Ireland has finally dropped its opposition to the OECD overhaul of global corporate tax rules and has agreed to give up its low 12.5% tax for large multinational corporations.
Ireland made the decision as the OECD’s proposed minimum effective tax rate of “at least 15%” — which was an “open issue” — was set to a “precise” rate of 15%.
Ireland has agreed to a global minimum effective corporation tax rate of 15% for multinationals with revenues in excess of €750 million — with no change to the 12.5% rate for businesses with revenues below €750 million.
Ireland is a low-tax European headquarters for global companies including Apple, Google and Facebook.
“Joining this agreement is an important decision for the next stage of Ireland’s industrial policy – a decision that will ensure that Ireland is part of the solution,” Ireland’s Finance Minister Paschal Donohoe told a press conference.
“This is a difficult and complex decision but I believe it is the right one.”
Donohoe said in a statement: “The Government has given approval today for Ireland to sign up to the political agreement at the OECD Inclusive Framework on a new tax framework to address the tax challenges of digitalisation …
‘‘The agreement provides that the minimum effective rate for multinationals with an annual revenue in excess of €750 million is 15%.
“We have secured the removal of ‘at least’ in the text.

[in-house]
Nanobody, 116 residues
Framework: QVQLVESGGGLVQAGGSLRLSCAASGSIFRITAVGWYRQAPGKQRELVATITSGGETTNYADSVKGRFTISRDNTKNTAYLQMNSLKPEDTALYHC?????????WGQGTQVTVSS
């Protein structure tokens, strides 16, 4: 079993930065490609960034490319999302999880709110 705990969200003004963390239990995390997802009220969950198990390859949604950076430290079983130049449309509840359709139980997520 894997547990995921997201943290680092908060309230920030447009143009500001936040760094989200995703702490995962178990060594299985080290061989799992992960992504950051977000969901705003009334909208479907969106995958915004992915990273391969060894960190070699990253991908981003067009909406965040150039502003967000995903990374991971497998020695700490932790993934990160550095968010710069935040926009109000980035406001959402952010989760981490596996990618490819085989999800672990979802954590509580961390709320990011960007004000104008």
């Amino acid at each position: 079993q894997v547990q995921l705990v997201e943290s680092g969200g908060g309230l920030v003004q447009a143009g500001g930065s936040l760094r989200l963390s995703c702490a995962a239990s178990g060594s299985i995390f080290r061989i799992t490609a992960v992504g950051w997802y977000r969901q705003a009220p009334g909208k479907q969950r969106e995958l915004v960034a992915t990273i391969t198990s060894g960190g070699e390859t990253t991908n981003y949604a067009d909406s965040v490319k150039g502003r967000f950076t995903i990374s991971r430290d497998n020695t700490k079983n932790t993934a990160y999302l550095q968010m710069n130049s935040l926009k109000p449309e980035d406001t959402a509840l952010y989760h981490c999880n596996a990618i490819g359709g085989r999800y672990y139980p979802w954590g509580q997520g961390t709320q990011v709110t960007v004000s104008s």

“This will provide the critical certainty for Government and industry and will provide the long-term stability and certainty to business in the context of investment decisions.
“This 15% rate will apply to 56 Irish multinationals employing approximately 100,000 people, and 1500 foreign owned MNEs based in Ireland employed approximately 400,000 people.
“Furthermore, the vast majority of businesses in Ireland will be outside the scope of this agreement, and there will be no change to their corporation tax rate.
“This is important for the domestic economy and the thousands of SMEs that operate here.
“For over 160,000 businesses in Ireland with a turnover less than €750 million per annum, who employ approximately 1.8 million people, there will be no change to their corporation tax rate of 12.5% …
“‘I am confident that Ireland will remain competitive into the future, and we will remain an attractive location and ‘best in class’ when multi-nationals look to investment locations.
“These multinational enterprises support our economy with high value jobs and at the same time, Ireland provides a stable platform and a long proven track record of success for MNEs choosing to invest here.”